Disciplinary Meeting Tips For Employer

Disciplinary meetings are a crucial part of any fair disciplinary process. The meeting is your employee’s opportunity to hear the case against them and your chance to get their side of the story. You must ensure that any disciplinary meeting you arrange is conducted properly and in line with the relevant guidelines. If you don’t, … Read more

How Long Should An Employer Keep Disciplinary Records?

Employers are subject to strict rules regarding both disciplinary processes and record keeping. Navigating the various laws, regulations, and guidelines can be incredibly complex and full of traps for the unwary. Here, our HR experts answer the regularly asked question, ‘How long should an employer keep disciplinary records?’, explain the relevant law, and give tips … Read more

Employer Disciplinary Procedures

Employer disciplinary procedures set out how the employer will deal with an employee’s misconduct or poor performance. Employers must put fair, transparent policies in place and follow those policies in all cases. If they don’t, they may face an unfair dismissal claim. Here, our HR specialists explain why it’s essential to follow fair procedures when … Read more

Employer Disciplinary Action

Employer disciplinary action is an integral part of running an organisation and managing staff. An employer has a legal duty to ensure that any disciplinary action is not only lawful, but fair. You must follow careful processes to avoid facing an unfair dismissal claim from an employee whose disciplinary action leads to dismissal. Here, our … Read more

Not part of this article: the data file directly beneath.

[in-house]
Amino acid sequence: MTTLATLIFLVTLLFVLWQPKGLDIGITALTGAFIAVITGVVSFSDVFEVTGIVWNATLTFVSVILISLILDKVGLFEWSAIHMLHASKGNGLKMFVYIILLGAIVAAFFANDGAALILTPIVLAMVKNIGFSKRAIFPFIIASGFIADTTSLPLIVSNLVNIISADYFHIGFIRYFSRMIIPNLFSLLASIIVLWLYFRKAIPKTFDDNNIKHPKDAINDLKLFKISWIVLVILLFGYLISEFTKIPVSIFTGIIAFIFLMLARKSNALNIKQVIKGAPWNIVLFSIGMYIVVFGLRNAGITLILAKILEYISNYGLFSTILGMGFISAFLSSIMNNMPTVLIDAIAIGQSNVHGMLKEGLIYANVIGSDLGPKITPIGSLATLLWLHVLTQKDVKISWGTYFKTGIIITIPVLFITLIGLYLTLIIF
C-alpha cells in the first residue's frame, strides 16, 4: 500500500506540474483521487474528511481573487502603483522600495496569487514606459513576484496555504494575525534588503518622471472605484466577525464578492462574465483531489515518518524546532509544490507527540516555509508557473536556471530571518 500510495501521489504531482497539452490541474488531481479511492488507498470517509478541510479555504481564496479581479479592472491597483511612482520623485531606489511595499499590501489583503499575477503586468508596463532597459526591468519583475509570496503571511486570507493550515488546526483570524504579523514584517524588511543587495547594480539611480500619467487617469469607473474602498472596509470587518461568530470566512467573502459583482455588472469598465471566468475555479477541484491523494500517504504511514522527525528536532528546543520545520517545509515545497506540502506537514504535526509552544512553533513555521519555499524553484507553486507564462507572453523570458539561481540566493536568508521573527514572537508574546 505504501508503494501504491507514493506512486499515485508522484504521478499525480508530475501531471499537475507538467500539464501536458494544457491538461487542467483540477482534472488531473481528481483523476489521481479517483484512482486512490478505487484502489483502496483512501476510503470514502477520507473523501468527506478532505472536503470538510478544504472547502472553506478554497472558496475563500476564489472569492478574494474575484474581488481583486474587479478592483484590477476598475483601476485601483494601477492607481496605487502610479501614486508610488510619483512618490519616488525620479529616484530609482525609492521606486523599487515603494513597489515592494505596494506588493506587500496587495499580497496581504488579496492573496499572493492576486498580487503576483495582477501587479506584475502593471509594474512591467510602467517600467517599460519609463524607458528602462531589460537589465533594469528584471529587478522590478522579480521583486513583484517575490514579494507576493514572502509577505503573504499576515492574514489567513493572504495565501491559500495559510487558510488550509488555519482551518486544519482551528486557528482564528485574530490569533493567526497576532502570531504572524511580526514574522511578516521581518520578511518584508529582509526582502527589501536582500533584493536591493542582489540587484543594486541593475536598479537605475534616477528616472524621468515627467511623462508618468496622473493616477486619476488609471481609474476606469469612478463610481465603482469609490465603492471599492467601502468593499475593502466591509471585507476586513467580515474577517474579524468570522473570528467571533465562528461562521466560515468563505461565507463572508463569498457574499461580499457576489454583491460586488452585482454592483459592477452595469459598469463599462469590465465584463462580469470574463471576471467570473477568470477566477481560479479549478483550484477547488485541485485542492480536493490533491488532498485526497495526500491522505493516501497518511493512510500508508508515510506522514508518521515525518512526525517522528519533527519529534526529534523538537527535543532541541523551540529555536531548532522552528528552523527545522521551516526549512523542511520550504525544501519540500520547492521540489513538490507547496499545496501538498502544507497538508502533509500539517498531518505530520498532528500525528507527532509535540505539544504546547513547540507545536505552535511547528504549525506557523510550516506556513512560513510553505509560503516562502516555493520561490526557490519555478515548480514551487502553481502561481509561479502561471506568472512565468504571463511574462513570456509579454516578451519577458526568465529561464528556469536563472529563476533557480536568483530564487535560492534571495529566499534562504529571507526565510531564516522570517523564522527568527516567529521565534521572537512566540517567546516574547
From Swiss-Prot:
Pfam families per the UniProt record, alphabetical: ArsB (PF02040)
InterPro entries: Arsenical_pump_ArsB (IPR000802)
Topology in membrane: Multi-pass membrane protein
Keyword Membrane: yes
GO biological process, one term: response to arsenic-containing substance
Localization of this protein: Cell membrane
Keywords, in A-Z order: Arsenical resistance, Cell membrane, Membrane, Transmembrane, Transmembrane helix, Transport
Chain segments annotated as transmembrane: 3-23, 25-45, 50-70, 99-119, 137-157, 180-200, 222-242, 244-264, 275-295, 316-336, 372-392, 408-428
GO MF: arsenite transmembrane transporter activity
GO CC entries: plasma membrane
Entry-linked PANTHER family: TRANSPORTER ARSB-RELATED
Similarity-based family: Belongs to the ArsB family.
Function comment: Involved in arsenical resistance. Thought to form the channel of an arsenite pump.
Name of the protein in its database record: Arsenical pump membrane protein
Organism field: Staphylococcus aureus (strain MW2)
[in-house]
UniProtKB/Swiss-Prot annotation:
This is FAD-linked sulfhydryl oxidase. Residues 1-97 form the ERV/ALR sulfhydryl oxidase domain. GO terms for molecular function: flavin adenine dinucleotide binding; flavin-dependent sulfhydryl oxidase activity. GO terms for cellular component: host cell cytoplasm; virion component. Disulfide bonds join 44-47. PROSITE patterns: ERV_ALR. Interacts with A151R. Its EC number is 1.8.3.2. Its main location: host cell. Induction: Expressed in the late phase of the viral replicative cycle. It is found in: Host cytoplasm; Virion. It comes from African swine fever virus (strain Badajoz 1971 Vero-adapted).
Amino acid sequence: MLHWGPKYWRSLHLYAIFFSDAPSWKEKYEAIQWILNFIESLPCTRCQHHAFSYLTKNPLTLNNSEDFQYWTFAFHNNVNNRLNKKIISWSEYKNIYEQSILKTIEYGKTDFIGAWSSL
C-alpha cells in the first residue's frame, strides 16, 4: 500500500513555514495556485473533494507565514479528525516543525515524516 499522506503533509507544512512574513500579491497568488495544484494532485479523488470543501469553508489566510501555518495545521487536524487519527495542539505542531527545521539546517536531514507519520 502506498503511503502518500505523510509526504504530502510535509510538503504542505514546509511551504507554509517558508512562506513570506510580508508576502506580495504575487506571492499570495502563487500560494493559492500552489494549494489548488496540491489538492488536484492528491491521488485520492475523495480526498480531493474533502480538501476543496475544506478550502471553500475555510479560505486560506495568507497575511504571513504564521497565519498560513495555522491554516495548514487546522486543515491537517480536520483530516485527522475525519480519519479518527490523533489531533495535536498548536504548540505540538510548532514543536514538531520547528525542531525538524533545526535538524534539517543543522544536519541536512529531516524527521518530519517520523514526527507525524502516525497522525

Fag packet step-up.

A client emailed this week, wanting to issue a final written warning for the chef at his club.

He’d been drunk at work twice now, and they’d had enough.

On the face of it, that all seems sensible – it’s clearly a disciplinary offence; potentially a dismissal.

There was one teeny little snag, though: this was the first time we’d heard about any sort of disciplinary process for this member of staff.

And generally, this means one thing: it hasn’t been carried out correctly.

So it proved, when I started asking general questions – how long had the chef been there for, could they send over the investigation notes, what did the previous warnings say, and so on.

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My osmosis failure

We learnt plenty about osmosis during “O” level biology; trouble was that by the time it came to the exams, I’d forgotten it all.

Perhaps I thought the process of osmosis would bail me out – just sleep with the textbook under the pillow, and my brain would be magically instilled with everything I needed to know.

Fanciful and bizarre, maybe, but I’ve noticed a similar approach being adopted by plenty of employers, with one recent story springing to mind.

A client got in touch about an employee being off sick.